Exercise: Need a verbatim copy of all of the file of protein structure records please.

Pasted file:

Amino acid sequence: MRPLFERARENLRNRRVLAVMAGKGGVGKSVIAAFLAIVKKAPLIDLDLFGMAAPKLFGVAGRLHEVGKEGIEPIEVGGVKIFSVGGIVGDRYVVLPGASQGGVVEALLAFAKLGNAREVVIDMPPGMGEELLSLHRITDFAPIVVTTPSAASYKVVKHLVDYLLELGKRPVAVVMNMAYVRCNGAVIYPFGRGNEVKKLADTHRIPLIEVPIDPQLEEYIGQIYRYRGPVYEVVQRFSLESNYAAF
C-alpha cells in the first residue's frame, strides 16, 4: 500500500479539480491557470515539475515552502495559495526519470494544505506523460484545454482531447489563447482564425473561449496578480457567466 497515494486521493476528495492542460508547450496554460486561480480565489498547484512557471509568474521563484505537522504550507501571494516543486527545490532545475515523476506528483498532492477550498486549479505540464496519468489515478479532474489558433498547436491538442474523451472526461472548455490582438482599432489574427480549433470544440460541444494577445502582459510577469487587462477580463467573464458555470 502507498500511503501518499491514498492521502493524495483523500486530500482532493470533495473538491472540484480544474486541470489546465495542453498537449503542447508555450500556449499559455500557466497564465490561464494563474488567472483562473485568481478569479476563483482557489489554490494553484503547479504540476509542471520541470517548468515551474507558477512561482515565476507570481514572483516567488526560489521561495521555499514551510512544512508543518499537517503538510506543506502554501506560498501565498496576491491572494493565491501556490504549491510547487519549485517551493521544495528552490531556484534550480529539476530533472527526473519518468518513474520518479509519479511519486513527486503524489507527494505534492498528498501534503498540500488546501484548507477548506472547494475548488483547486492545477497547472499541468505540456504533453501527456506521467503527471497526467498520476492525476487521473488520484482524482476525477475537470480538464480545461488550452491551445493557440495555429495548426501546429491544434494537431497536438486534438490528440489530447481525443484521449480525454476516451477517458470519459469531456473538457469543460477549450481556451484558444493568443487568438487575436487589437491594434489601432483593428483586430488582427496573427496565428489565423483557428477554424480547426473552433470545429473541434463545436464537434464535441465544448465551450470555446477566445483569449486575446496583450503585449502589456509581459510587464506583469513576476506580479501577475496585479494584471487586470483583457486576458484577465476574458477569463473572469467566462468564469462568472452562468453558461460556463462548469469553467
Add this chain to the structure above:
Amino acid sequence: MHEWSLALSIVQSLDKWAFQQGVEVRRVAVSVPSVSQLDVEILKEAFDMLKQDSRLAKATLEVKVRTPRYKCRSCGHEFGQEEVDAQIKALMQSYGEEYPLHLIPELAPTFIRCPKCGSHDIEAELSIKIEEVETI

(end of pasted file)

Amino acid sequence: MRPLFERARENLRNRRVLAVMAGKGGVGKSVIAAFLAIVKKAPLIDLDLFGMAAPKLFGVAGRLHEVGKEGIEPIEVGGVKIFSVGGIVGDRYVVLPGASQGGVVEALLAFAKLGNAREVVIDMPPGMGEELLSLHRITDFAPIVVTTPSAASYKVVKHLVDYLLELGKRPVAVVMNMAYVRCNGAVIYPFGRGNEVKKLADTHRIPLIEVPIDPQLEEYIGQIYRYRGPVYEVVQRFSLESNYAAF
C-alpha cells in the first residue's frame, strides 16, 4: 500500500479539480491557470515539475515552502495559495526519470494544505506523460484545454482531447489563447482564425473561449496578480457567466 497515494486521493476528495492542460508547450496554460486561480480565489498547484512557471509568474521563484505537522504550507501571494516543486527545490532545475515523476506528483498532492477550498486549479505540464496519468489515478479532474489558433498547436491538442474523451472526461472548455490582438482599432489574427480549433470544440460541444494577445502582459510577469487587462477580463467573464458555470 502507498500511503501518499491514498492521502493524495483523500486530500482532493470533495473538491472540484480544474486541470489546465495542453498537449503542447508555450500556449499559455500557466497564465490561464494563474488567472483562473485568481478569479476563483482557489489554490494553484503547479504540476509542471520541470517548468515551474507558477512561482515565476507570481514572483516567488526560489521561495521555499514551510512544512508543518499537517503538510506543506502554501506560498501565498496576491491572494493565491501556490504549491510547487519549485517551493521544495528552490531556484534550480529539476530533472527526473519518468518513474520518479509519479511519486513527486503524489507527494505534492498528498501534503498540500488546501484548507477548506472547494475548488483547486492545477497547472499541468505540456504533453501527456506521467503527471497526467498520476492525476487521473488520484482524482476525477475537470480538464480545461488550452491551445493557440495555429495548426501546429491544434494537431497536438486534438490528440489530447481525443484521449480525454476516451477517458470519459469531456473538457469543460477549450481556451484558444493568443487568438487575436487589437491594434489601432483593428483586430488582427496573427496565428489565423483557428477554424480547426473552433470545429473541434463545436464537434464535441465544448465551450470555446477566445483569449486575446496583450503585449502589456509581459510587464506583469513576476506580479501577475496585479494584471487586470483583457486576458484577465476574458477569463473572469467566462468564469462568472452562468453558461460556463462548469469553467
Add this chain to the structure above:
Amino acid sequence: MHEWSLALSIVQSLDKWAFQQGVEVRRVAVSVPSVSQLDVEILKEAFDMLKQDSRLAKATLEVKVRTPRYKCRSCGHEFGQEEVDAQIKALMQSYGEEYPLHLIPELAPTFIRCPKCGSHDIEAELSIKIEEVETI